Security cameras are becoming more common, and for great reasons.
Security cameras are getting so popular!
Your security camera helps the police solve crimes. Last week we discussed how police are using security footage from businesses and homeowners to find missing children. But those privately owned security cameras help solve many other crimes. “For decades, law enforcement officials have sought surveillance video from convenience stores and fast-food restaurants. Now, when they canvass a neighborhood after a crime, they’re asking homeowners if they have video footage. Often, the answer is “yes.”
Recently, a soldier, Sgt. Johnny Aparicio, was robbed and beaten while walking down the street in Tampa, FL. The whole thing was captured on a homeowner’s security camera. “Police got a copy of the recording from the homeowner with the camera. They posted it to YouTube the next day. Within hours, the assault turned into a national story, and tips started pouring in to police — largely thanks to that camera.” All four men in the video were identified and arrested- thanks to a homeowner stepping forward and sharing their security camera footage seen below.
Click to view
- Security cameras are becoming more affordable, and more accessible.
“More homeowners are installing home surveillance cameras than ever before, according to police and security companies. That’s because the once cost-prohibitive devices are dropping in price, and they’re becoming easier to access with smartphones.”
Not only have initial set up costs gone down, but VinTech encourages businesses to create a hybrid system. Instead of a costly complete overhaul of ripping out the whole system, we encourage using your existing security system with the old analog cameras and incorporating upgraded IP megapixel technology cameras. Over time, owners can replace older technology, while still utilizing their current system with new cameras, making the transition more affordable than ever.
- Security cameras do deter crime. “A three-year study by the Urban Institute’s Justice Policy Center concluded that surveillance cameras can be a cost-effective tool for combating crime. In Chicago and Baltimore, cameras helped to reduce crime in certain areas and justified their costs, according to the report.”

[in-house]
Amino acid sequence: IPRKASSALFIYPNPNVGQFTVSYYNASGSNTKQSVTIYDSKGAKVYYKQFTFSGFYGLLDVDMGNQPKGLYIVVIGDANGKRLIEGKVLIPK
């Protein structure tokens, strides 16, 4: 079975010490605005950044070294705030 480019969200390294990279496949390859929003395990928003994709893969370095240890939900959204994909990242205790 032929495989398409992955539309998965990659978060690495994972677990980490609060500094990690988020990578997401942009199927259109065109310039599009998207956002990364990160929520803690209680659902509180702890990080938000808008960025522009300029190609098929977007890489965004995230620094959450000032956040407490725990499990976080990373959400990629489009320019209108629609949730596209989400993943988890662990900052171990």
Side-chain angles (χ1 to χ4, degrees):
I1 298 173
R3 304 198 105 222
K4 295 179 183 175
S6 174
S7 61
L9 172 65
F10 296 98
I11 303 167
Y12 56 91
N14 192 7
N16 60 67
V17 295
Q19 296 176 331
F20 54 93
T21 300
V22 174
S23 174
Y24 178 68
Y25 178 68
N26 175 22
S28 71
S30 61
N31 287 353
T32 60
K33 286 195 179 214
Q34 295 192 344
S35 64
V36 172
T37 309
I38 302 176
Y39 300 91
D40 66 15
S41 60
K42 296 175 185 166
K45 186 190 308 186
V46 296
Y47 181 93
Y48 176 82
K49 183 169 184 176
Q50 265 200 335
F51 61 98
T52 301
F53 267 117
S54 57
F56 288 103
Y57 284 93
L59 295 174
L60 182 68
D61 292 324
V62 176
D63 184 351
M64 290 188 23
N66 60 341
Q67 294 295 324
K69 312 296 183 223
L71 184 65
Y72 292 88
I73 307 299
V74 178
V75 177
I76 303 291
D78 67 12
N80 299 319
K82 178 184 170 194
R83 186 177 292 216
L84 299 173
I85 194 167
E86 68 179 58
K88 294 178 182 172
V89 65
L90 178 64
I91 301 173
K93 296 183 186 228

More cities are opting to install public security cameras in problem crime areas. The mere presence of security cameras can effectively cut down the chance of a crime happening, and if captured on camera, boosts the odds of the criminal being caught.
“Chicago, which has documented about 6,000 camera-related arrests since 2006, targets neighborhoods for close video monitoring based on crime patterns.” Police use the footage to identify the criminal, or use clues from the footage to track down the suspect.
- Get peace of mind being able to check up on your home or business, from anywhere and any time. Security cameras can now be viewed remotely, from your laptop or Smartphone. VinTech offers remote monitoring, as well as being able to set your alarm on your phone with our Honeywell Total Connect program.
Homeowner Hilda Belez and her husband “monitor their home from their smartphones, and whenever they go on vacation, they keep a laptop open and stream the real-time images recorded on the cameras. “It’s a worthy investment,” she said.
Our client, homeowner Candice says, “This technology has improved my life tremendously! Every little out-of-the-ordinary sound or noise I would hear, would interrupt what I was doing by having to look out of several windows to investigate. Having my monitoring system, I simply just switch to my camera monitoring mode and quickly I have completed surveillance of my home in a matter of seconds without having to leave my seat.”
- In Chicago, businesses and homeowners can take advantage of the Chicago Plan. The Chicago Plan is an initiative by the city to encourage privately owned, public cameras from businesses and homeowners to register them with the city. “As the Police Department responds to criminal incidents in the community, they can use any information or footage gathered from these security cameras to assist business owners and community members in the apprehension and prosecution of the criminals involved.”
“While the majority of Chicago’s cameras are publicly owned, the city also taps into a network of cameras owned by businesses, religious organizations, non-profits and others, said Jonathan Lewin, the city’s managing deputy director of Public Safety Information Technology.”
For more information, check out the Chicago Plan.